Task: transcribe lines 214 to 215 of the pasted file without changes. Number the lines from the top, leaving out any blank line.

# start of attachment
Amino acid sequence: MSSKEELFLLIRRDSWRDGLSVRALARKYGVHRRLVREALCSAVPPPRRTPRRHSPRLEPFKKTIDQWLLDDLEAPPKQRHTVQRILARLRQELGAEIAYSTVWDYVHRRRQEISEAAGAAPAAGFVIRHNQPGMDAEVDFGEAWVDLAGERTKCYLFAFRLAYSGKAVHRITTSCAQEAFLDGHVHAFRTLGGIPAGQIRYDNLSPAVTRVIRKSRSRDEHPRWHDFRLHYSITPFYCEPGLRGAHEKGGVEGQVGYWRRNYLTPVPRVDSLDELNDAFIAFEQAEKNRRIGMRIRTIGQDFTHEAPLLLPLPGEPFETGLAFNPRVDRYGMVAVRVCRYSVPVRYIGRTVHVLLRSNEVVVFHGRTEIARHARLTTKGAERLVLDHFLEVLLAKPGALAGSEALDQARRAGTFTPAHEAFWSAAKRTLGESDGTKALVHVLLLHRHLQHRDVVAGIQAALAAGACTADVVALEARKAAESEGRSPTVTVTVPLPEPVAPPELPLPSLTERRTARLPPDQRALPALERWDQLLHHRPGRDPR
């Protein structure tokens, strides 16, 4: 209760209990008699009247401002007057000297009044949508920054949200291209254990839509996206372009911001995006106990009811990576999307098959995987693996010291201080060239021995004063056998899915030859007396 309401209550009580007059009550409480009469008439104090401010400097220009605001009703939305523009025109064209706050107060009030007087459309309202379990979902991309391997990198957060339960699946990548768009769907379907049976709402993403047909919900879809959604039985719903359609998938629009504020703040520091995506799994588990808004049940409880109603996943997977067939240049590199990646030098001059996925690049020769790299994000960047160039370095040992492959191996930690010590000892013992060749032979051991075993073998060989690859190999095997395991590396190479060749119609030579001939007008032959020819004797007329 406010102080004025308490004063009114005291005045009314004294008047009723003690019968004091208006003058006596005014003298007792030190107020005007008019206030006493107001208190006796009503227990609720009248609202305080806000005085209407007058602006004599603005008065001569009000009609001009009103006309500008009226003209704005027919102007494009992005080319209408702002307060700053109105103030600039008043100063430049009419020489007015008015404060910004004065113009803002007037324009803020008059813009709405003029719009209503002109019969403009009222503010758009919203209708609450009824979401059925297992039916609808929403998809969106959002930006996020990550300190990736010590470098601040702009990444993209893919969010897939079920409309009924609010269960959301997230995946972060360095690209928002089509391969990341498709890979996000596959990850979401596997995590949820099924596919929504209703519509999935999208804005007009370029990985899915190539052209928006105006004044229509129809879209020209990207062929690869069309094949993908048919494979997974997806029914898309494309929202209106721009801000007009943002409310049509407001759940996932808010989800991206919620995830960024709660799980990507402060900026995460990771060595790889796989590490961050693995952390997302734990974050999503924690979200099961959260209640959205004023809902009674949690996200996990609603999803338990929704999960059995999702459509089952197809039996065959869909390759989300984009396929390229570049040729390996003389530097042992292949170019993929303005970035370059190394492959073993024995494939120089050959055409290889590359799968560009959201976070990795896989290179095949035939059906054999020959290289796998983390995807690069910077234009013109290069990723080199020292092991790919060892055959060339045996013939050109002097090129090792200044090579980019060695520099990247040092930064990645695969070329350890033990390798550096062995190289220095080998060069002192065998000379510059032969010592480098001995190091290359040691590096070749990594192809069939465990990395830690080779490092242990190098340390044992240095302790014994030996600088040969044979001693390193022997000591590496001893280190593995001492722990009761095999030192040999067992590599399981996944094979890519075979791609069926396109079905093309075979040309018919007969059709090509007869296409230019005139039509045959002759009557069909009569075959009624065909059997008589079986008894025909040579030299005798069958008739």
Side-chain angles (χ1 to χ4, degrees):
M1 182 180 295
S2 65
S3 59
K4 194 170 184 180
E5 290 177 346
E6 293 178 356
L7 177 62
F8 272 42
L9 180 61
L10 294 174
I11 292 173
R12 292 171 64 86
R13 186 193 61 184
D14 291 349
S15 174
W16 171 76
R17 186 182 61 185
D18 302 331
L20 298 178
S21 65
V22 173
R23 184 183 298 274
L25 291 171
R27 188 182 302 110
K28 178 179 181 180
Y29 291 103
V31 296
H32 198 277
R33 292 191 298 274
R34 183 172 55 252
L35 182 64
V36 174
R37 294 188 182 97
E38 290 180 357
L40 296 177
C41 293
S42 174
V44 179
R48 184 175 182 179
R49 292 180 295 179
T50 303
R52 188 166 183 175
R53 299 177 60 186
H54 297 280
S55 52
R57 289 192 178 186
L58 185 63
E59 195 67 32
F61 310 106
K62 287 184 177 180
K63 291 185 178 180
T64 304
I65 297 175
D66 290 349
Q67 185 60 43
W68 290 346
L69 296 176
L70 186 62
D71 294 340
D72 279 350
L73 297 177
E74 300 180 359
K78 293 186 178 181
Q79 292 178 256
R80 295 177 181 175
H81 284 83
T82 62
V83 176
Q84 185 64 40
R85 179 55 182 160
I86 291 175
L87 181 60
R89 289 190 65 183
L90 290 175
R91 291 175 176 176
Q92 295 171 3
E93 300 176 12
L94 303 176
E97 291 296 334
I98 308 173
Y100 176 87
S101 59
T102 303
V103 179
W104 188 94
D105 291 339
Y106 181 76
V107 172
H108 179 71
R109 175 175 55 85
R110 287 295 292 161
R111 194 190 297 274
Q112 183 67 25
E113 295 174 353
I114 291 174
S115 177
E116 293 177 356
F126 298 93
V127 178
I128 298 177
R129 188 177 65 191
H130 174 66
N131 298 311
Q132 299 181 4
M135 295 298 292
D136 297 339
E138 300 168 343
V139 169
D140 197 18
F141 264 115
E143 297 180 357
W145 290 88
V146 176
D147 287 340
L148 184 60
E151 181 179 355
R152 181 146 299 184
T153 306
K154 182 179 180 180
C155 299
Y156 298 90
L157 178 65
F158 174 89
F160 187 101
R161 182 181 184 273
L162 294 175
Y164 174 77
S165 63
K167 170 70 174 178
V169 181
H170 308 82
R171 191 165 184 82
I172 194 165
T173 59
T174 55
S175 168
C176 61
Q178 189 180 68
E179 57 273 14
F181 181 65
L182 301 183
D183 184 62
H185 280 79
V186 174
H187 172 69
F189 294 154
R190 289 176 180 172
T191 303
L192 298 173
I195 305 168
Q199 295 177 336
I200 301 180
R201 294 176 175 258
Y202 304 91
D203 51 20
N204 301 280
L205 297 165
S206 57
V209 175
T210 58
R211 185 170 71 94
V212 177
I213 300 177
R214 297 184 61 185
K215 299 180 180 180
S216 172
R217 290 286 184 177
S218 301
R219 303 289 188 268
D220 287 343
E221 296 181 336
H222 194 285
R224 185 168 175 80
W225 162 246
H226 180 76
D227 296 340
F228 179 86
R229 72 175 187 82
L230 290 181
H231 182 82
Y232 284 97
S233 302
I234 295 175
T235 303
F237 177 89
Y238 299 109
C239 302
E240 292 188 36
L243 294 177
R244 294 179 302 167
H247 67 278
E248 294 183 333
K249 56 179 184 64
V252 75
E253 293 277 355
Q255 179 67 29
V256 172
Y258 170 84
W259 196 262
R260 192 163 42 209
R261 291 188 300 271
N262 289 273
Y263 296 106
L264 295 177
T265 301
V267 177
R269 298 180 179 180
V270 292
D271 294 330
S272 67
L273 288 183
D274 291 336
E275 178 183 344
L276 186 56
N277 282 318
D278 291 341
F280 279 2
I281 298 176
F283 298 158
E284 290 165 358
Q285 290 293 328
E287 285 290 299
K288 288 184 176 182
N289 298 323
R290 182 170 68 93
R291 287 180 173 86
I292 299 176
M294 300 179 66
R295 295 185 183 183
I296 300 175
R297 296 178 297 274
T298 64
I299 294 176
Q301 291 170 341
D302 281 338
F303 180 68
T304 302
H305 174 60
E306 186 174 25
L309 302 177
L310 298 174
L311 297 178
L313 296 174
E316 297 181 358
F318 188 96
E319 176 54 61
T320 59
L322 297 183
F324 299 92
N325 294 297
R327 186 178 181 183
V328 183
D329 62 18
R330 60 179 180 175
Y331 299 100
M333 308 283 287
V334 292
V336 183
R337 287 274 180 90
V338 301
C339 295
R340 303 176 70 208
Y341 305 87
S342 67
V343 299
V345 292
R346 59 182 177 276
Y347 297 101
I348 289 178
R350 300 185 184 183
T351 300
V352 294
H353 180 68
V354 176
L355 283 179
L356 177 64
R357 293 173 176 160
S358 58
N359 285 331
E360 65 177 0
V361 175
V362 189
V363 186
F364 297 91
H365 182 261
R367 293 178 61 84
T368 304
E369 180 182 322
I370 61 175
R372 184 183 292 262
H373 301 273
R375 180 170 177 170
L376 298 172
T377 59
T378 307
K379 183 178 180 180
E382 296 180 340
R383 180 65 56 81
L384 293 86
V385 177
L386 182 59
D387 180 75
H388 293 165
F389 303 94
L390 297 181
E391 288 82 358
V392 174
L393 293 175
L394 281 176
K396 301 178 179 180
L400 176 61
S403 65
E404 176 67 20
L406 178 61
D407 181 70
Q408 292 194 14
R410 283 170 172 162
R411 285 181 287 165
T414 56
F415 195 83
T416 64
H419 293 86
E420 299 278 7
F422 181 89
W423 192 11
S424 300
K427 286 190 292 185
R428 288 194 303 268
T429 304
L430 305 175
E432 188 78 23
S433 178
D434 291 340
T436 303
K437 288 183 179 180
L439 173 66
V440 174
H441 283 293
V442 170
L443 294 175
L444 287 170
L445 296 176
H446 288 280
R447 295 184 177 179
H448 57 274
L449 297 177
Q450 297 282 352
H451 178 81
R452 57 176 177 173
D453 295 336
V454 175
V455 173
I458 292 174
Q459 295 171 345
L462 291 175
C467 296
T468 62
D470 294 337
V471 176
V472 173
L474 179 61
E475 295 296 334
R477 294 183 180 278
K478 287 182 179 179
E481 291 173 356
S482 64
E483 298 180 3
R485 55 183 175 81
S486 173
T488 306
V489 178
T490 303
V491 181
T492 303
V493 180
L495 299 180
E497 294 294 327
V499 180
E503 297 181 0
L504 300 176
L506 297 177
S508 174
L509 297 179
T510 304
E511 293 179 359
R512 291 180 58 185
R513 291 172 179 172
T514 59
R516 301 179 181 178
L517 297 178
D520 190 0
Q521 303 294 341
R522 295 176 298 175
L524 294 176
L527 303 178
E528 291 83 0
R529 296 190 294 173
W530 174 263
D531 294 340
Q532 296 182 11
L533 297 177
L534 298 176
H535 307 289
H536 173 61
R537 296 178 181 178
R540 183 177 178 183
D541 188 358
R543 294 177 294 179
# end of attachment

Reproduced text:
L273 288 183
D274 291 336